Akos | | #2

    You need continuity in your air barrier. Underneath your joists you put plywood with taped seam to the wall sheathing and to your foundation. Put a layer of WRB over the plywood and trim out as you like (T&G, aluminium or cement board). This layer of WRB does not get taped to the one on the wall, the one on the wall laps your bottom flashing.

    The rest of the details are fine, I would drop down the flashing so the bottom of it is flush with your finished underside surface.

    1. user-6955756 | | #5

      Hi Akos, thanks for your reply. I've attached a sketch in my reply to Scott above which I think shines a bit more light on my situation. I'm building this out in a forest with no power and no water, so I've had to make some compromises in the build to allow me to get it done. The joists connect to a 3-ply 2x12x16 laminate beam running the length of the building. I've attached a photo from the winter that shows the condition before I put the bracing between joists and laid 3/4" PT plywood atop as my subfloor.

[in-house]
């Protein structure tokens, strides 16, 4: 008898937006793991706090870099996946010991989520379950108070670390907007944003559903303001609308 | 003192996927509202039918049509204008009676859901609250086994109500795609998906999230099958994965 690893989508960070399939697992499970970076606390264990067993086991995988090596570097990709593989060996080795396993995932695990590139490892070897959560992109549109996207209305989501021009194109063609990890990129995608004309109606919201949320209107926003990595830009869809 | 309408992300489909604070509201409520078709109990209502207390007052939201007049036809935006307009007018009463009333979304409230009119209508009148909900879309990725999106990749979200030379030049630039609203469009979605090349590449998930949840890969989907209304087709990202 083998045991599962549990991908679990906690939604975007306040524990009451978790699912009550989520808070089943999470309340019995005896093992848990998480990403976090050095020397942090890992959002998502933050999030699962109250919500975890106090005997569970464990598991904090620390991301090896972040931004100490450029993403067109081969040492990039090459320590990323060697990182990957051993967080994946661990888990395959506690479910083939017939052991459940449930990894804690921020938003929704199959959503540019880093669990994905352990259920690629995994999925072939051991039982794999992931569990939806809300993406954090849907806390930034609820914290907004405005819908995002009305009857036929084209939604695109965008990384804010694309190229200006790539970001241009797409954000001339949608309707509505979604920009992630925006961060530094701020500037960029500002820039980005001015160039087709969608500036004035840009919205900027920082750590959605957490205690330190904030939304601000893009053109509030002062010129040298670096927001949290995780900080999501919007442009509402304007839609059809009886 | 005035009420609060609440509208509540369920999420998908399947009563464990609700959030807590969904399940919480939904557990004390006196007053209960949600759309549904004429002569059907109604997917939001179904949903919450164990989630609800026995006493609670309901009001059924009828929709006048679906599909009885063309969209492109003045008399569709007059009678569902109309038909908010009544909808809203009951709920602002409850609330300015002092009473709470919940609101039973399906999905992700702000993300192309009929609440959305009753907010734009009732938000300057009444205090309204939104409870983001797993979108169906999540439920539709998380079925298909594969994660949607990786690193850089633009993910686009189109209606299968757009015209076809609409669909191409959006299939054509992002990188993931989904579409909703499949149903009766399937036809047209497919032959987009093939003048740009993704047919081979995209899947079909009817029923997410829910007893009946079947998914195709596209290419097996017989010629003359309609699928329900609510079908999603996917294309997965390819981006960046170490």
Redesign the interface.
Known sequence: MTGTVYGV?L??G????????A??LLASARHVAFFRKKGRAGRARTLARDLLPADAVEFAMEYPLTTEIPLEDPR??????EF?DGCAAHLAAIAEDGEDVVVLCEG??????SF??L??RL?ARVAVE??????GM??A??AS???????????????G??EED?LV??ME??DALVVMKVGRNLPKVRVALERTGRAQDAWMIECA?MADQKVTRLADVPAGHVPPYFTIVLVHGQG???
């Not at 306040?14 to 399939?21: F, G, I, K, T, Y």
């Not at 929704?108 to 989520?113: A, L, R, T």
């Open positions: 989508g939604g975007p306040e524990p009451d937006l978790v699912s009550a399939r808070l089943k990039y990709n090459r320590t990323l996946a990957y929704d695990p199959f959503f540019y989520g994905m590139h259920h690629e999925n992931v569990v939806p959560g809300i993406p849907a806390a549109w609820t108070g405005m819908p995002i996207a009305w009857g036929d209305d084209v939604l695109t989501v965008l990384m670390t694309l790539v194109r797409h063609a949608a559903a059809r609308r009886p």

The floor does not have a WRB, the plywood is the only thing between by subfloor and environment. I know this will lead to air/vapour through the floor but I'm a bit handcuffed in how to achieve air barrier continuity - perhaps taping the seams of the plywood? I'll be caulking along the bottom plate of every wall before I lift them into place.

      1. Expert Member
        Akos | | #7


        Looks like you are building in snowy forested area, don't know how similar that is to northern Ontario.

        Here one of the big challenges is critters. Getting critter barrier right is more important than air barriers. You want to block access to any insulation area and edges of plywood. For the bottom of your rain screen, go with a perforated J molding.

        Since your floor joist are already down, it is hard to get that sealed up. What you can do is put hardware cloth or metal lath trays stapled to the bottom side of the floor joists, install fluffy insulation in between than put on your plywood subfloor with taped seams.

        Watch the bottom/side of your door/window and exterior trim. You want to put some hardware cloth over over the gap between the rough opening and jambs. Spay foam does nothing for keeping critters out.